8. Watching rec league sports like baseball, basketball, soccer, and softball (free).  As we were leaving the water park, my kids were amazed at the softball tournament taking place in another part of the park.  That’s when I realized they have never been to a “real” baseball or softball game.  I’m no sports fan, but maybe my kids will show more interest than me.  This tournament appeared to be free, and I’m sure there are plenty of city league games or tournaments that have no admission fee.  Our local farm league baseball team also offers free tickets occasionally, so that would be another way to catch a free game and get the full baseball stadium experience.

9. Library story time, arts, crafts, and other activities (free).  Our neighborhood library offers a wide range of programs for kids (and adults!) from toddlers up to fifth grade.  They have toddler story time a few times per week that I attend with Mr. RoG Jr.  For elementary school age kids, they have a weekly story time that includes an arts, crafts, or science activity. Last week we attended a monthly special program that included mining for gems and my kids took home a small bag of their finds for free.  My little geologist-in-training loved that!

10.  Toddler play time at the community center gym (free).  Next door to our library is the community center that offers free open gym time for kids age zero to five twice per week.  It’s a great place to set up a play date or meet other families with kids and get out of the heat.  Many shopping malls have an open play area that would serve the same purpose (but might lead to expensive impulse shopping or buying a $4 cookie or ice cream cone).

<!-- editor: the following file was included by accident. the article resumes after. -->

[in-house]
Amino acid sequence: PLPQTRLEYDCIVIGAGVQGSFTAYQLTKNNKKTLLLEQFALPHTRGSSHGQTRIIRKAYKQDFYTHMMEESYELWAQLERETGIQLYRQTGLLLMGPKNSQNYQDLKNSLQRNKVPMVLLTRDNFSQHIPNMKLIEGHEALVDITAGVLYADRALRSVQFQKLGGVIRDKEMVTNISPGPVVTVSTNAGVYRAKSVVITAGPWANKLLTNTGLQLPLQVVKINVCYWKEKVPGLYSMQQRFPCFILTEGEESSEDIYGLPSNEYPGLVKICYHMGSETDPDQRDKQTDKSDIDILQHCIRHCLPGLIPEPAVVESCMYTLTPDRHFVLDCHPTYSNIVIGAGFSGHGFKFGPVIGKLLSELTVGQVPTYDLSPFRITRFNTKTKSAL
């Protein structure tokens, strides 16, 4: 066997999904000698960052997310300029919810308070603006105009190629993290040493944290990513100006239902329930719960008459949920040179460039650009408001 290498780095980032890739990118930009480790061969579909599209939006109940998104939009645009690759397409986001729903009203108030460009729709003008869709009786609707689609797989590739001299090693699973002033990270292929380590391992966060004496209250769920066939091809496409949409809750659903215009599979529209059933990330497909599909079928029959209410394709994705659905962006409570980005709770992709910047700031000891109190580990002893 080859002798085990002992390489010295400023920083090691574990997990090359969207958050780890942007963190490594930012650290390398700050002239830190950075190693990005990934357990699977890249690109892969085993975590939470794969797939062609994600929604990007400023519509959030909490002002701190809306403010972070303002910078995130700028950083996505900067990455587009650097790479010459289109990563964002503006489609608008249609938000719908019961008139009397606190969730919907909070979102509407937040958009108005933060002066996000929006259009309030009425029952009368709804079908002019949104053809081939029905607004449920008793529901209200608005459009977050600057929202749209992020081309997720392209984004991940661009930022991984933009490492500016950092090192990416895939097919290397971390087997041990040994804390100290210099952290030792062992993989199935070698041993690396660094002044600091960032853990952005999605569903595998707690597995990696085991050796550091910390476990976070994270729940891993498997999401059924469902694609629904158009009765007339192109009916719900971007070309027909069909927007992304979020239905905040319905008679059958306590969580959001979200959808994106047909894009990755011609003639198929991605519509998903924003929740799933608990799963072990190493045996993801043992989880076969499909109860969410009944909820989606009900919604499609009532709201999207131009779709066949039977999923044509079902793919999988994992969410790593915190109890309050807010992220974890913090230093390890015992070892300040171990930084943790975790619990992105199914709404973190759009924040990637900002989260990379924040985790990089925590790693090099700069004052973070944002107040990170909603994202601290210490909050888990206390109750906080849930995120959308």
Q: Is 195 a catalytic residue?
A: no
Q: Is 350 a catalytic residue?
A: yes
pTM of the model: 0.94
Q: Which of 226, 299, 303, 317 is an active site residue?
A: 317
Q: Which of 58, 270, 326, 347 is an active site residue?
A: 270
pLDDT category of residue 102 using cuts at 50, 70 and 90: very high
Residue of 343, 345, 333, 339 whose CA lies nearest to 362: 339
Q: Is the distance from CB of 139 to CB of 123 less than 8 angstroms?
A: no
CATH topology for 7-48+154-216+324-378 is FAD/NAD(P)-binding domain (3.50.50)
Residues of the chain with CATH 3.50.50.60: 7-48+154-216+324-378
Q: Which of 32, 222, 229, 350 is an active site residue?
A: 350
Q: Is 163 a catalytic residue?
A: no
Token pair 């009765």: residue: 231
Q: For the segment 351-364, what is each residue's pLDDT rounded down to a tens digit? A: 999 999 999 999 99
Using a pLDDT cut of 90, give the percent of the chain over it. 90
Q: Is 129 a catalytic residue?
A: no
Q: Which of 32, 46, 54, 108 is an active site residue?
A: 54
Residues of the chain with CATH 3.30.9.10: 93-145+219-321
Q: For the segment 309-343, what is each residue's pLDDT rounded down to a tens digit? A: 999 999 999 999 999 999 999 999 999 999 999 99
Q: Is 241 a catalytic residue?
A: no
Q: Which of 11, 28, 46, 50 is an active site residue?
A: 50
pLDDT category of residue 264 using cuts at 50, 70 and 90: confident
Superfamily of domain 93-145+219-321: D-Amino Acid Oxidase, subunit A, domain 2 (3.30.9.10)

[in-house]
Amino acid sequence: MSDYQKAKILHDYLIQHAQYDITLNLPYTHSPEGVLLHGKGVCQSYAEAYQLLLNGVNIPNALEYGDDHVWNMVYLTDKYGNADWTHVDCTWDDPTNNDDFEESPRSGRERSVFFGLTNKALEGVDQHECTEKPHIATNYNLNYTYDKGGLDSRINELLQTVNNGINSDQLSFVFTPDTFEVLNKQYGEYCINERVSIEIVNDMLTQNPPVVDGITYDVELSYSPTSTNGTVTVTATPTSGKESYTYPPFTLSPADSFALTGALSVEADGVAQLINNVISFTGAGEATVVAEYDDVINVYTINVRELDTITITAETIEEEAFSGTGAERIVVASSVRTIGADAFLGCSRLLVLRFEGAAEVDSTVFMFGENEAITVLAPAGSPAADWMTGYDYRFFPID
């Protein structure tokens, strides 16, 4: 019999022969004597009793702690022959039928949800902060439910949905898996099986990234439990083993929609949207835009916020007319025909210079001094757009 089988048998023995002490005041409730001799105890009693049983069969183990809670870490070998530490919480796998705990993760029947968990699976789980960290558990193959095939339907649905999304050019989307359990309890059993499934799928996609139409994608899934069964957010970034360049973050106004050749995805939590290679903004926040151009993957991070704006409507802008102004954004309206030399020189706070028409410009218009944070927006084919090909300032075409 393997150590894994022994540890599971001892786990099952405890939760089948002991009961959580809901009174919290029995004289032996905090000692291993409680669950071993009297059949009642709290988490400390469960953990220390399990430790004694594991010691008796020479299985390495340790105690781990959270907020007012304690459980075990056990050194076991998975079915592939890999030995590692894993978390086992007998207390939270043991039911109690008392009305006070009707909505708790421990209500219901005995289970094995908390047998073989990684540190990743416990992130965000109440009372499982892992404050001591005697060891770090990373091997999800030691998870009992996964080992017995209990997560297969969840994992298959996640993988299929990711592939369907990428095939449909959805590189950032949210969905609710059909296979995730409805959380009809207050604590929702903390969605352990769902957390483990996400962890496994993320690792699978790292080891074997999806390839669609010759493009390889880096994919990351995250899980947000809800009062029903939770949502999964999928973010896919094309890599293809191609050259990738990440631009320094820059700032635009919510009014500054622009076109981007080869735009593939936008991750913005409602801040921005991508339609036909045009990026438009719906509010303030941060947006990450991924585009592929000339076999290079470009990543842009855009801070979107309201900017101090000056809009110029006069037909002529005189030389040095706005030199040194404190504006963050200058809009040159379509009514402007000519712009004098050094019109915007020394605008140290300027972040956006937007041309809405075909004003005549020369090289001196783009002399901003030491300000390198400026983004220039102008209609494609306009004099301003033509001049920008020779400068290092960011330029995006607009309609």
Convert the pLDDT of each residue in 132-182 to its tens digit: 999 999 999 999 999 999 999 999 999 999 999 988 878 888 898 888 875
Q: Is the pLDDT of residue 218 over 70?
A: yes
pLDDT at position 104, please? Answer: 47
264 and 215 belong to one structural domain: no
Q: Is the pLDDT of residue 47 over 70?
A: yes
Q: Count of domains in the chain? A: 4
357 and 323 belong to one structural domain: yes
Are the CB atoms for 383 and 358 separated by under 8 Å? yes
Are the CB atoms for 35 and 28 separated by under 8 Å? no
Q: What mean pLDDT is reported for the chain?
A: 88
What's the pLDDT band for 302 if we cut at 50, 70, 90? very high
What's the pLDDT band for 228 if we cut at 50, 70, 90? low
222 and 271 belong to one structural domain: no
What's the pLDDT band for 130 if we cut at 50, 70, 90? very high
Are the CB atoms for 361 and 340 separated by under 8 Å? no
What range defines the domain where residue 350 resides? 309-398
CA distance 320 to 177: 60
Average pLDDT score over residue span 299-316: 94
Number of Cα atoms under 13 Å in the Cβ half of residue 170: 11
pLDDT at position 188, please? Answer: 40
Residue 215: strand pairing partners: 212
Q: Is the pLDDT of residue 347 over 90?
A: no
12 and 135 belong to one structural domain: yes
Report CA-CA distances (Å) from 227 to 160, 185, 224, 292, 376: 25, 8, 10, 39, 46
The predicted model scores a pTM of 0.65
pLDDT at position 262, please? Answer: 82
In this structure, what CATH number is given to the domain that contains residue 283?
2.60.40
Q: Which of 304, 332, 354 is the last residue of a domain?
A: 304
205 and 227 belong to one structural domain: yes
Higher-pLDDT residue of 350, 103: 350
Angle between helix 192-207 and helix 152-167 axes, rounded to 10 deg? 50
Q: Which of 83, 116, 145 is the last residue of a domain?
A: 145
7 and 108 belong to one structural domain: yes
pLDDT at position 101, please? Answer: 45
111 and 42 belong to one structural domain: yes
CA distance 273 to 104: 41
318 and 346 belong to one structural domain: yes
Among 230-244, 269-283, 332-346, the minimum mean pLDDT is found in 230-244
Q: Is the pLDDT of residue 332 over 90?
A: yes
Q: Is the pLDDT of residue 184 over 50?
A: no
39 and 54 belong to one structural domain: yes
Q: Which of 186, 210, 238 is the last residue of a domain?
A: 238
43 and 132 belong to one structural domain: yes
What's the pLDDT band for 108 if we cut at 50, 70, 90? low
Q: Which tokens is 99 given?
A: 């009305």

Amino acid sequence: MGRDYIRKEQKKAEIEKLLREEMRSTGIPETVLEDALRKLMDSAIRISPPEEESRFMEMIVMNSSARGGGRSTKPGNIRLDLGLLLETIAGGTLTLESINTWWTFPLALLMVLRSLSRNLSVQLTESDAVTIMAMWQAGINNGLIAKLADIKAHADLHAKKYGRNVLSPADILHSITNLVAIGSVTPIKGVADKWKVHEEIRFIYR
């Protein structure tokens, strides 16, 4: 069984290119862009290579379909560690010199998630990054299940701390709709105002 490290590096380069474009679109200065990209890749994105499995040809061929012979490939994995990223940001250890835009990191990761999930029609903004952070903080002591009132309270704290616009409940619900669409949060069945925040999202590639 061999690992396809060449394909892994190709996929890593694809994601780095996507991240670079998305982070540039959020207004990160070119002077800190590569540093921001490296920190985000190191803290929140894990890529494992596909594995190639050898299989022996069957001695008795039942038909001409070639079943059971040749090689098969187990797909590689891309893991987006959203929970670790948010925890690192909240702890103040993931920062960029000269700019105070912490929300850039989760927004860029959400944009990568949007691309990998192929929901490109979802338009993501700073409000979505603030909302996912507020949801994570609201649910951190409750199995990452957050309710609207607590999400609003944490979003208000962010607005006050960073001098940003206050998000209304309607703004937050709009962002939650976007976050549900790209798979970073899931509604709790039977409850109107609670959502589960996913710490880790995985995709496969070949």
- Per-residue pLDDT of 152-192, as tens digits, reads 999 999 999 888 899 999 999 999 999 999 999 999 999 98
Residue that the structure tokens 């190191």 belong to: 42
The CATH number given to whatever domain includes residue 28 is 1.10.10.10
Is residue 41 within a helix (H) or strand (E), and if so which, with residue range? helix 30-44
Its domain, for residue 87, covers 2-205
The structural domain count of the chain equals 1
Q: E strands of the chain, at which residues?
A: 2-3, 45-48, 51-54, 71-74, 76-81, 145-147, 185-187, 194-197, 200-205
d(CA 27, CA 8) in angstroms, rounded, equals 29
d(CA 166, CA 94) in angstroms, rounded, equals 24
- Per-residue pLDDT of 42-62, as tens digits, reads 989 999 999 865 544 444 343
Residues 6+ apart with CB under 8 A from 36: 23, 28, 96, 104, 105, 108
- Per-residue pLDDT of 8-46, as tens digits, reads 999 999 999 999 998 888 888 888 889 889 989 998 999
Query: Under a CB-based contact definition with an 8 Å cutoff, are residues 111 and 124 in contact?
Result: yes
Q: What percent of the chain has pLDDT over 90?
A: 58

11. Roller skating on Dollar Night ($4/person including skate rental; $1/person if you bring your own rollerblades or skates).  A fun night out for the kids.  Skip the crappy video games and food and you won’t spend much more than $10.  Our skating rink also sells cheesy light up LED items for wildly inflated prices (like these finger lights you can get for under $1/set at Amazon or these light up flashing hair extensions at 6 for $2 shipped).  Skip the “glow cart” at the rink and pack your own fun.

12. Play dates (free).  Invite your kids’ friends over for a play date.  Let them play outside.  Or inside.  Or watch a movie together.  It doesn’t have to be anything fancy.  As one of my kids just remarked, “it’s so cool to see friends from school in the middle of summer!”.  For bonus parenting points, host a sleepover – the ultimate play date.  That might set you back $20 for a few pizzas (and a bottle of wine for the adults).